Don’t Let a Parent’s Long-Term Care Insurance Lapse

According to the Center for Retirement Research (“CRR”) at Boston College, men have a 32% percent chance of letting a long-term care policy lapse and women’s chances of lapse are 38%.  In 23% of the cases studied, those who let their policy lapse did so within four years of needing long-term care with one in three lapses caused through financial hardship or cognitive impairment.  

The study indicates that the high lapse rate occurs for two primary reasons: policyholders run into financial hardship and cut this expense or they develop cognitive impairment and forget why they valued the insurance in the first place. There is little evidence that policyholders lapse “strategically,” meaning they reassess their health and determine the coverage will not be needed, according to the study.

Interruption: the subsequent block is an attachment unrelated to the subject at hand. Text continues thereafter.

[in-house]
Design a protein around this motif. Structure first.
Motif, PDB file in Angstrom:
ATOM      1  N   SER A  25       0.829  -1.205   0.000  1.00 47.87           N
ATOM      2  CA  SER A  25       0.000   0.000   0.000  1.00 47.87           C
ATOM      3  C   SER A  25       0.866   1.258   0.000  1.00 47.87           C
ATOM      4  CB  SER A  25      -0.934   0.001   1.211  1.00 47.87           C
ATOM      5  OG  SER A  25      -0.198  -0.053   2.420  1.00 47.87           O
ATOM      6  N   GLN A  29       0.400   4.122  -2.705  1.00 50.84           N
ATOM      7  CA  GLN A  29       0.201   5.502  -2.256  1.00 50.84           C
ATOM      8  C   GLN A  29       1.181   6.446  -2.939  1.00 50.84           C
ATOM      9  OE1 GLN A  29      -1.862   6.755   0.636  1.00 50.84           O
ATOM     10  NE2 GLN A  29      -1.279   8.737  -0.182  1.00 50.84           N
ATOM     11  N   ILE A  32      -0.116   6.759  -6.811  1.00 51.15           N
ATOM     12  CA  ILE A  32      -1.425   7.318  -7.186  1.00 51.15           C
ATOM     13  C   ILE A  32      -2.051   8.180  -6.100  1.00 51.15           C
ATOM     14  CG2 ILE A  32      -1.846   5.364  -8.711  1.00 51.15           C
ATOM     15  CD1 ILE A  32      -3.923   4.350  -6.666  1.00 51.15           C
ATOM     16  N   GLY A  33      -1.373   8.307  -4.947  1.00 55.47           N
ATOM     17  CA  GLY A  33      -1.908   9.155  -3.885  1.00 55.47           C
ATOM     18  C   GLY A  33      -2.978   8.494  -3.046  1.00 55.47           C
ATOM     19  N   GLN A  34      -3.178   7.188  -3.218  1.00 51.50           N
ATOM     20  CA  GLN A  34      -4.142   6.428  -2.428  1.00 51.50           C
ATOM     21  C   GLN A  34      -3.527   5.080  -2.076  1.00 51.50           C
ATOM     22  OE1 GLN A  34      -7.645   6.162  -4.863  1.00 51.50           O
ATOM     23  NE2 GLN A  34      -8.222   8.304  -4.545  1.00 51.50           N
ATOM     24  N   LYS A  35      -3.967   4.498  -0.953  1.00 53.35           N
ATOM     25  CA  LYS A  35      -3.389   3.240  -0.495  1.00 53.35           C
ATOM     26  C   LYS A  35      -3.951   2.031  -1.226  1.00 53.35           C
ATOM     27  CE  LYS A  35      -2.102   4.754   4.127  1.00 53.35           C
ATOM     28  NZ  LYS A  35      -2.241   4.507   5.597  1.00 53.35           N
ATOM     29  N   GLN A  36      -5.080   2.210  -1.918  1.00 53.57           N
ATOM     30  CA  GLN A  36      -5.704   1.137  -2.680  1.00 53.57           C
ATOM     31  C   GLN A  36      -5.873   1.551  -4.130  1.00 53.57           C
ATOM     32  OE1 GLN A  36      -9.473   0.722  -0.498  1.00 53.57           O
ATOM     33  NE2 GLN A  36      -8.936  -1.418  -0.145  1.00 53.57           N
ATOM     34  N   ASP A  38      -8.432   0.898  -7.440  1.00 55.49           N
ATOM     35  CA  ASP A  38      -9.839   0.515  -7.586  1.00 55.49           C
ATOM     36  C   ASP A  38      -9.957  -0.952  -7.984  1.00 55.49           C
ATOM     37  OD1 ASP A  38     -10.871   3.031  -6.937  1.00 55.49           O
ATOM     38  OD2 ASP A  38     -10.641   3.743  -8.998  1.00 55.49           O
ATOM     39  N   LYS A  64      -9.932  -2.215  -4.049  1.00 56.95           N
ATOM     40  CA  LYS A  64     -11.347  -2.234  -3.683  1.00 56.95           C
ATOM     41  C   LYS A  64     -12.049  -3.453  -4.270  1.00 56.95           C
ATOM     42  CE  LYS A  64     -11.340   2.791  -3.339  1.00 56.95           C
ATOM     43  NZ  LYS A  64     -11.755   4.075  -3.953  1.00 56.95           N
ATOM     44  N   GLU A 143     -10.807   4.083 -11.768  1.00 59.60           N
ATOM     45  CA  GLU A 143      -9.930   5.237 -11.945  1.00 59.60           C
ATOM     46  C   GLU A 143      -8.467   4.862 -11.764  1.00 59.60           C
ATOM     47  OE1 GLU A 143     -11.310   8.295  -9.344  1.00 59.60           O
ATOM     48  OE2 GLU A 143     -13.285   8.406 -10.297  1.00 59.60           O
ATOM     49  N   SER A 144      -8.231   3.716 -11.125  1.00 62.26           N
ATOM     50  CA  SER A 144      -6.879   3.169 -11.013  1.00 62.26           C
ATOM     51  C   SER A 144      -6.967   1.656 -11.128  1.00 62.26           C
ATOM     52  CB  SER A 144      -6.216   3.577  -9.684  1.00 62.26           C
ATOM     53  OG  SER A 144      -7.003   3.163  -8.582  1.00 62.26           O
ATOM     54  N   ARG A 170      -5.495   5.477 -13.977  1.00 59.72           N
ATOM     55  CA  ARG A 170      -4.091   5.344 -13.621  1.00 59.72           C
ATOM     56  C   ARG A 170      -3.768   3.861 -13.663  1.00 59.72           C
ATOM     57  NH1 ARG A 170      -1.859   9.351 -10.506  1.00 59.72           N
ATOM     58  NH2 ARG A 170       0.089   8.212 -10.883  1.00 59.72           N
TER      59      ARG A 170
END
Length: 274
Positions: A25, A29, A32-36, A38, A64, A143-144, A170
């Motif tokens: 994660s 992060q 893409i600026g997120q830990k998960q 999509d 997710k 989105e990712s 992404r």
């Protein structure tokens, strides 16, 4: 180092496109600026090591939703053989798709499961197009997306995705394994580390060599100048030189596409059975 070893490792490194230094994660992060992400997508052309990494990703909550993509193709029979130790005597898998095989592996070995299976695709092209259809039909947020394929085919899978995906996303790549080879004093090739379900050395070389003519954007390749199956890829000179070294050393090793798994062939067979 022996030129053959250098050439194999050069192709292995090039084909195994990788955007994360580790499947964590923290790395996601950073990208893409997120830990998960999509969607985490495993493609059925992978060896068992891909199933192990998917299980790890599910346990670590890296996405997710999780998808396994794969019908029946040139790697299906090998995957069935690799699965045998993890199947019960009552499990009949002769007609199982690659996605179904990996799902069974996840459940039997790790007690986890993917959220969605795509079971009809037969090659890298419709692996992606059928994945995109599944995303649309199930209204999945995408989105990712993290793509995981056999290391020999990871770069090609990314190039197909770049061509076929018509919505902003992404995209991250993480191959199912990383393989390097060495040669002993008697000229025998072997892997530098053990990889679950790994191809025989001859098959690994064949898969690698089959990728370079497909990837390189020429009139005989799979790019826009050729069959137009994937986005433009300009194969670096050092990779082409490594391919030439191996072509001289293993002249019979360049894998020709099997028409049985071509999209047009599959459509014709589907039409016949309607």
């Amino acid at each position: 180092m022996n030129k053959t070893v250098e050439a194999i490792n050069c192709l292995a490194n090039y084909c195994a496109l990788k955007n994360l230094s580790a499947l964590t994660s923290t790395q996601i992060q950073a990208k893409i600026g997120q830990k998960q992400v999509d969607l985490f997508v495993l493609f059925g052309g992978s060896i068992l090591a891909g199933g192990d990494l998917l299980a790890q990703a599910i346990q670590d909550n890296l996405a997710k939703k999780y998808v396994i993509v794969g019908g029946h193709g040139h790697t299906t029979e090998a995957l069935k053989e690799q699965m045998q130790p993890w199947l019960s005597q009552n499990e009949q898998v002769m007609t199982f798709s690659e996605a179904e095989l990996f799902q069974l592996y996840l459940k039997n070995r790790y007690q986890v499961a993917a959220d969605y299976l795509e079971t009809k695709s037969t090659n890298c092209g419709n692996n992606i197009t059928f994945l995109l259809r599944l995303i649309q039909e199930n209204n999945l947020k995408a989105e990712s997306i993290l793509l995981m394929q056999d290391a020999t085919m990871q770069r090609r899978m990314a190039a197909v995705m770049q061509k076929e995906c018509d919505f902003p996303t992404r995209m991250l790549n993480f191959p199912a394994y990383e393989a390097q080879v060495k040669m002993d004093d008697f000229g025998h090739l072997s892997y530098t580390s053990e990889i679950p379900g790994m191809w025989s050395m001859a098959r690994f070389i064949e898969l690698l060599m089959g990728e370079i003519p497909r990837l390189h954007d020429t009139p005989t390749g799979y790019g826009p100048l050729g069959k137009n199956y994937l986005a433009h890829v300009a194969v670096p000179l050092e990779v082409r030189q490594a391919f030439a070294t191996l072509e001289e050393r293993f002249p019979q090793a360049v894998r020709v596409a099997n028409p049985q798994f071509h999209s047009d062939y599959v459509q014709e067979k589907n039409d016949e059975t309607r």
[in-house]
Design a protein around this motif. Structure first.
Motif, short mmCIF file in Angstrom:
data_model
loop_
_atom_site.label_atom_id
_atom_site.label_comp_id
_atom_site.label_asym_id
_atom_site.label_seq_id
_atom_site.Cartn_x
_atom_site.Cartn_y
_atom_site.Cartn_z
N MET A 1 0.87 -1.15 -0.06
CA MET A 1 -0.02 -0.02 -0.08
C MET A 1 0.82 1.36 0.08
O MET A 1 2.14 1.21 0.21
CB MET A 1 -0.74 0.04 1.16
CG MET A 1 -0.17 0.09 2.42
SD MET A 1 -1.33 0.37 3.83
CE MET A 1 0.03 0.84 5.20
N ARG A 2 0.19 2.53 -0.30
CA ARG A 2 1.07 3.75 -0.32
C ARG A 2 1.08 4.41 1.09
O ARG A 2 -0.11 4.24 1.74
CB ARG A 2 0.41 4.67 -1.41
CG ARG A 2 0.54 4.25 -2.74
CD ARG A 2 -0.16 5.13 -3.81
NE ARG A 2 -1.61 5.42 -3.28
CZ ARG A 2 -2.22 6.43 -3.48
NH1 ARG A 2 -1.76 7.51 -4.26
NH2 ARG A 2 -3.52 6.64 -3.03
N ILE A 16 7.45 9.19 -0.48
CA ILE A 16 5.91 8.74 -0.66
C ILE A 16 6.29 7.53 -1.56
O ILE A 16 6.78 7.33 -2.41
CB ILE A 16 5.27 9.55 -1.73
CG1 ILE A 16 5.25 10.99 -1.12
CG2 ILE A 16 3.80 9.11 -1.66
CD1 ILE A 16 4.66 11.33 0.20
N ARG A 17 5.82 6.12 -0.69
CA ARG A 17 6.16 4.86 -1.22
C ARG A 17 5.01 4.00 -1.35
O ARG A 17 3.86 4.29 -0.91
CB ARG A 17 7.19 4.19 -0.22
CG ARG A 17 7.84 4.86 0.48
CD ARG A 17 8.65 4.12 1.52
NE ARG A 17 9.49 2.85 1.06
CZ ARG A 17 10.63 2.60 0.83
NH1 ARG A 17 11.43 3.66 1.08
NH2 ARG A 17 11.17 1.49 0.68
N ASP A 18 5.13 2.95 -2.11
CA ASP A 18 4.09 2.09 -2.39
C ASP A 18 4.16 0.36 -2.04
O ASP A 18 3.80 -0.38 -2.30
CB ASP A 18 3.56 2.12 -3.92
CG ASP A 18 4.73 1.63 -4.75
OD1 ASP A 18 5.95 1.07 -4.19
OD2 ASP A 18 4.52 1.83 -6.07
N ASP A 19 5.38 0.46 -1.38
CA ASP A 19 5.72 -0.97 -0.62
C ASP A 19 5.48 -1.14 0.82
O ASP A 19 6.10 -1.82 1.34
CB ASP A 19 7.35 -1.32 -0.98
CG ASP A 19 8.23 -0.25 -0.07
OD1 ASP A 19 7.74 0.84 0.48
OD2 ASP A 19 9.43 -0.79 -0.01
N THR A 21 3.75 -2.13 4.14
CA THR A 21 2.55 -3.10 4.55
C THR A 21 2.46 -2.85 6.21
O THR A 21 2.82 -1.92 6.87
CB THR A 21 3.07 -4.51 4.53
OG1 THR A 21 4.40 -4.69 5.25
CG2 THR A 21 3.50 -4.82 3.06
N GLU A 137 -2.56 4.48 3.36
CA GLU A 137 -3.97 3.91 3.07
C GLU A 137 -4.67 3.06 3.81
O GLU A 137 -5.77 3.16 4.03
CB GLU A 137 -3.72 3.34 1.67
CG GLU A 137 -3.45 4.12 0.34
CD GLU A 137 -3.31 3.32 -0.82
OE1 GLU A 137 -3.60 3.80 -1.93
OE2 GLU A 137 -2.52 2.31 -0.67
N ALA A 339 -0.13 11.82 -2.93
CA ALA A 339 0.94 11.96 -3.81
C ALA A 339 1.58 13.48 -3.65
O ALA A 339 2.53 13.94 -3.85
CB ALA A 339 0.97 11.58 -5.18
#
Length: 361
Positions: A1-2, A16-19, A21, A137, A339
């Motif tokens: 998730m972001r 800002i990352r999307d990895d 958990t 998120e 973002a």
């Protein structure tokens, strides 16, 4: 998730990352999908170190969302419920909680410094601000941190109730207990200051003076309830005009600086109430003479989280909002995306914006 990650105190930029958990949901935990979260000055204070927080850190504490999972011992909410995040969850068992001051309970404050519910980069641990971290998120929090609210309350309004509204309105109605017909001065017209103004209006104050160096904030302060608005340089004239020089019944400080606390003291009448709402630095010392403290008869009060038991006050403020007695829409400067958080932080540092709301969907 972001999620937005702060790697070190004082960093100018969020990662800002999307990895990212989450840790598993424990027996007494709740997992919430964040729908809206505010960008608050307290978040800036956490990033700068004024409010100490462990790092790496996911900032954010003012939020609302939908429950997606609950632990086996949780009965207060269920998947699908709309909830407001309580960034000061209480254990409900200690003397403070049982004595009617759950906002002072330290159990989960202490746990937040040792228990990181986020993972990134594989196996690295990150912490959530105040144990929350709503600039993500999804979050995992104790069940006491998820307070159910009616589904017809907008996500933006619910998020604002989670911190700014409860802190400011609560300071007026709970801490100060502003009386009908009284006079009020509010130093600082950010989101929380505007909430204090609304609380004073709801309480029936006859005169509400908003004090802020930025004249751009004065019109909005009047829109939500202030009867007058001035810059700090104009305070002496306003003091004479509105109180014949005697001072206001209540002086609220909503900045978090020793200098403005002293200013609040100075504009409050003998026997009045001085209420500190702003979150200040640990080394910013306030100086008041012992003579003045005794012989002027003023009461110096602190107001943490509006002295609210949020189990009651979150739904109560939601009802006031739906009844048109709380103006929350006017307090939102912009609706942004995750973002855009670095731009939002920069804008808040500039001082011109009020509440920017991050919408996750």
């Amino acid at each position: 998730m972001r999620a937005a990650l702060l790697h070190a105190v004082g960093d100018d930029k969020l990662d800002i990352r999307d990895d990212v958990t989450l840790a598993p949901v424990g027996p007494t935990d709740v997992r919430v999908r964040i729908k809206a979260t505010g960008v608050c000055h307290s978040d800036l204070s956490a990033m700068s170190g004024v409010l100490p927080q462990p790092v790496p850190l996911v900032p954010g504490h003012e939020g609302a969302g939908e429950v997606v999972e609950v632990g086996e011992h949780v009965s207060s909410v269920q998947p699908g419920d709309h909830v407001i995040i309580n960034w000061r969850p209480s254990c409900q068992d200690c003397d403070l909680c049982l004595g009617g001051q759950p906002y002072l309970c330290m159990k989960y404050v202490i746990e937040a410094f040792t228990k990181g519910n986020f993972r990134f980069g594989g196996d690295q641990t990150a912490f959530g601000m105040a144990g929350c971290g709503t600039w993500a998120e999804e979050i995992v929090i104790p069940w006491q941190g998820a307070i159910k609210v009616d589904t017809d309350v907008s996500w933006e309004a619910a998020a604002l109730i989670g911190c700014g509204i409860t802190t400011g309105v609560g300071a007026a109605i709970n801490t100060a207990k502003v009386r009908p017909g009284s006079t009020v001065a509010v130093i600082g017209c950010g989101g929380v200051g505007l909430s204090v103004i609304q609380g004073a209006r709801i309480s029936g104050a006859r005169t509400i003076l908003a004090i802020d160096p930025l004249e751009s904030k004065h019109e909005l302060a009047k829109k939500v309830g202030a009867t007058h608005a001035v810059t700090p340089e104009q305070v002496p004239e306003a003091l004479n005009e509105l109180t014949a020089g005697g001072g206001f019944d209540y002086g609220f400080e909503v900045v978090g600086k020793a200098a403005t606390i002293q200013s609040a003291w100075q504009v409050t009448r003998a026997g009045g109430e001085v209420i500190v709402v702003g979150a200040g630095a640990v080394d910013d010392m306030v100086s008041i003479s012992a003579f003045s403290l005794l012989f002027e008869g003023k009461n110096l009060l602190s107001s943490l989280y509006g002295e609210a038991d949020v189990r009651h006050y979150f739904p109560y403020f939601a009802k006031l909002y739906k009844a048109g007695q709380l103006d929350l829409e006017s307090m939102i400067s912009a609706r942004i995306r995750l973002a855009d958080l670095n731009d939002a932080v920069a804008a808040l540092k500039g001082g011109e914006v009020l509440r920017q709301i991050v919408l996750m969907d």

Long-term care policies in Massachusetts cover home care, assisted living and nursing home care.  It is not uncommon to see a monthly charge of at least $10,000 for nursing home care.  Depending on the level of service required, the cost of assisted living can also reach that amount.  Accordingly, it is critical that a care-giver child be mindful of policy premiums deadlines so coverage doesn’t lapse.  Otherwise, a well-planned asset protection and care plan can be extinguished.


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